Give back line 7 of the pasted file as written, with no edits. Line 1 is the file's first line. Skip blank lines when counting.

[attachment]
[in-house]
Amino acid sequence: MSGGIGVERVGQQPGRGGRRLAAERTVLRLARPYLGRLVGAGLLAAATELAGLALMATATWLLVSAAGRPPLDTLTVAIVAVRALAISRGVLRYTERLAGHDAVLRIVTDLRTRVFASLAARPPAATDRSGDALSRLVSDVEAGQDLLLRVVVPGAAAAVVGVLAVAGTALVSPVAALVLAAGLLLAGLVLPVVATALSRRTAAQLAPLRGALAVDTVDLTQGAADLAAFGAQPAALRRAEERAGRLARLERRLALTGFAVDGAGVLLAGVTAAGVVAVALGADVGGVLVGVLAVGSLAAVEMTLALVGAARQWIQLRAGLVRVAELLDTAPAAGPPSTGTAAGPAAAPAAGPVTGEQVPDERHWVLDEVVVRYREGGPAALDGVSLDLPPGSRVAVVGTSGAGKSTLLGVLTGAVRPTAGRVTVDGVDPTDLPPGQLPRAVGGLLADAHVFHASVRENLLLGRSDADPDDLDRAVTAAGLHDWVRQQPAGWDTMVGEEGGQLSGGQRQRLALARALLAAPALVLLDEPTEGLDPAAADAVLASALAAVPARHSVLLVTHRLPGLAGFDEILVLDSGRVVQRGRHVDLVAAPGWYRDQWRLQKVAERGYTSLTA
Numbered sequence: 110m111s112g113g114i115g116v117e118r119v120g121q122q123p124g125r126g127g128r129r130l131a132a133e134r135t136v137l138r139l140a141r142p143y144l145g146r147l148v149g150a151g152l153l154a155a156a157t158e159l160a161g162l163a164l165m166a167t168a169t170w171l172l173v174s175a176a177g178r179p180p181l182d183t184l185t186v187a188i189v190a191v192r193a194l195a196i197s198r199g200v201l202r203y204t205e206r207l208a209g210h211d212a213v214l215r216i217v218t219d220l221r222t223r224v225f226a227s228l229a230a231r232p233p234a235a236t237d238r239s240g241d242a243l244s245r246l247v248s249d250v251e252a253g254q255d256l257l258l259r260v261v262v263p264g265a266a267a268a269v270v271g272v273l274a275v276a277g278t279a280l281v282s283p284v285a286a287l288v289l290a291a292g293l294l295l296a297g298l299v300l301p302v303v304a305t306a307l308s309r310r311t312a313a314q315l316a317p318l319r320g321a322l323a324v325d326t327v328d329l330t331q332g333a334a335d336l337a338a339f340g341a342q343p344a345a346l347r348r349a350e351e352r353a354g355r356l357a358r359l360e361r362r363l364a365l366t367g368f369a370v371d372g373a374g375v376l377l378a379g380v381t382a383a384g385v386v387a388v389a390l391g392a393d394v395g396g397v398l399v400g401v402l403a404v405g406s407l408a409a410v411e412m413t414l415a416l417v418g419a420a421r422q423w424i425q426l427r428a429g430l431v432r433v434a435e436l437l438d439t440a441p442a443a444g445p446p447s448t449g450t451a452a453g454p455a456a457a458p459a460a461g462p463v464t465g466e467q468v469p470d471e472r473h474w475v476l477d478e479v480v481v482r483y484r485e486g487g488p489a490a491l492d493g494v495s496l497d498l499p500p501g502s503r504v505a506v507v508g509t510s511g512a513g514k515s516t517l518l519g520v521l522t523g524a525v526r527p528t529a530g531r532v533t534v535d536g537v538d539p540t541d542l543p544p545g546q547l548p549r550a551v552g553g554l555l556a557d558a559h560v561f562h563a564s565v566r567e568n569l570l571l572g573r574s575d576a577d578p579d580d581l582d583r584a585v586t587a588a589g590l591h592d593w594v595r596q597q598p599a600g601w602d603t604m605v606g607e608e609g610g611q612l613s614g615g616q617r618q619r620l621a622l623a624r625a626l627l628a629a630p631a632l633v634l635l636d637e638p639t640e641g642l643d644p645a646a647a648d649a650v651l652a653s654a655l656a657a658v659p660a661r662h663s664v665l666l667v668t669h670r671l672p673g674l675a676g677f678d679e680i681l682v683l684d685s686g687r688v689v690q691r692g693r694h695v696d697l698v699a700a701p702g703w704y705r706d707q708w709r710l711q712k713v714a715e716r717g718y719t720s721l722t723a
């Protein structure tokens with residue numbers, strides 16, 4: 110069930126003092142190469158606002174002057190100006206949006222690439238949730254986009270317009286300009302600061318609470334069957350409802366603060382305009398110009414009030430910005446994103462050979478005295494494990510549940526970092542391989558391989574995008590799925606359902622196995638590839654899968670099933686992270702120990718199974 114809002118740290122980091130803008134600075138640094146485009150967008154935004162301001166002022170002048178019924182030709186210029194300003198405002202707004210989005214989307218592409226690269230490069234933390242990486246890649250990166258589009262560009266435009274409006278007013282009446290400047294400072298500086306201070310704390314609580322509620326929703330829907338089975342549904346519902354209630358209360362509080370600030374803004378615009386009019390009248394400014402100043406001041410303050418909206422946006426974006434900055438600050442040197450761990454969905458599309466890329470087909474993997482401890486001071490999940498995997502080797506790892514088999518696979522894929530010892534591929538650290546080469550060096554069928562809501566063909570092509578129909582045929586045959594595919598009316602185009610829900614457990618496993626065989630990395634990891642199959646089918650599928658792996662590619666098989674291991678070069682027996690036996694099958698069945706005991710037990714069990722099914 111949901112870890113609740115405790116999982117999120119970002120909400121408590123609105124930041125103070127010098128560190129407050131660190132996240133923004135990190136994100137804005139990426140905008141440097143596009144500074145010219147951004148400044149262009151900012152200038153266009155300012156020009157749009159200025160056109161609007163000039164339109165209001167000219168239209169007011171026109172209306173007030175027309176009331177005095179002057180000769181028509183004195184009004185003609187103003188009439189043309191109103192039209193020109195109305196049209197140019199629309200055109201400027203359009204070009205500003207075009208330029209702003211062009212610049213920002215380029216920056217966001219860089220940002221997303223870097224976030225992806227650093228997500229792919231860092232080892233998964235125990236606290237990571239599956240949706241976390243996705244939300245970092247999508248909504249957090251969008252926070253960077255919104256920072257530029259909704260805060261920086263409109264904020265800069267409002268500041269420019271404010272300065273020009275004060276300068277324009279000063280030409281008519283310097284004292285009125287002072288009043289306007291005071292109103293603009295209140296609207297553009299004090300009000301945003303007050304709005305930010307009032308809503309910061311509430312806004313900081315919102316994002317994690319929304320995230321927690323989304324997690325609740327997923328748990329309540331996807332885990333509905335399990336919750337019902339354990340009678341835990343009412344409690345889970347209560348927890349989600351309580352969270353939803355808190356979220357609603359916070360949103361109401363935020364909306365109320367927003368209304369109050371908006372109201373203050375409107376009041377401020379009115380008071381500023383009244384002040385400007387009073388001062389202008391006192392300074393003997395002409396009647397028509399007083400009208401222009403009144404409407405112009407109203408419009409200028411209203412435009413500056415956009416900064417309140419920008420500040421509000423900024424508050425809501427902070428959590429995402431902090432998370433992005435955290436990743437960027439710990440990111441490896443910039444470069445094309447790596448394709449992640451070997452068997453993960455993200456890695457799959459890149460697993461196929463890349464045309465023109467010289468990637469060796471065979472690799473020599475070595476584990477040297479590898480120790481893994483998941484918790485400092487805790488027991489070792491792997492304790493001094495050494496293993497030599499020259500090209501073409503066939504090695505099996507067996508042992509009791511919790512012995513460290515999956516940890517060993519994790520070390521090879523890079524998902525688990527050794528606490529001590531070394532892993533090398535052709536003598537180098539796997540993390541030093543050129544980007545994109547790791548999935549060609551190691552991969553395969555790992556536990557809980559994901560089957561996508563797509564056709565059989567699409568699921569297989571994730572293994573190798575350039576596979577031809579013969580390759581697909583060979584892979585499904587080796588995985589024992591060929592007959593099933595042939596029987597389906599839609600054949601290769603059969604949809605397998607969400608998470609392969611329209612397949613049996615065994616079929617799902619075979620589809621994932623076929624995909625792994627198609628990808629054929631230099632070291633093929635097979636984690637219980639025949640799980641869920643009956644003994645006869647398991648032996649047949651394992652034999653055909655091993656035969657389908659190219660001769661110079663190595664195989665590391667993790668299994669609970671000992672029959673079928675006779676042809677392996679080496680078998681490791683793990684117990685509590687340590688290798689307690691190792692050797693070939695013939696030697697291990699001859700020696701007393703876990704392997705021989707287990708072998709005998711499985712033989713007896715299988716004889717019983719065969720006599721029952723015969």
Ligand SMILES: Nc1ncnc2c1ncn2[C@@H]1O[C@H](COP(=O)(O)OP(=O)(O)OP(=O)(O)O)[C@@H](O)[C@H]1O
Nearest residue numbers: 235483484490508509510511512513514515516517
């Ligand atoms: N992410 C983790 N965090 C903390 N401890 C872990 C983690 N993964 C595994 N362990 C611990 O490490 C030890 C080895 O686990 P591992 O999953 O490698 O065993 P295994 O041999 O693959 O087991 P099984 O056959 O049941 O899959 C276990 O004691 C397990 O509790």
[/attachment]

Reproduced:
């Ligand atoms: N992410 C983790 N965090 C903390 N401890 C872990 C983690 N993964 C595994 N362990 C611990 O490490 C030890 C080895 O686990 P591992 O999953 O490698 O065993 P295994 O041999 O693959 O087991 P099984 O056959 O049941 O899959 C276990 O004691 C397990 O509790």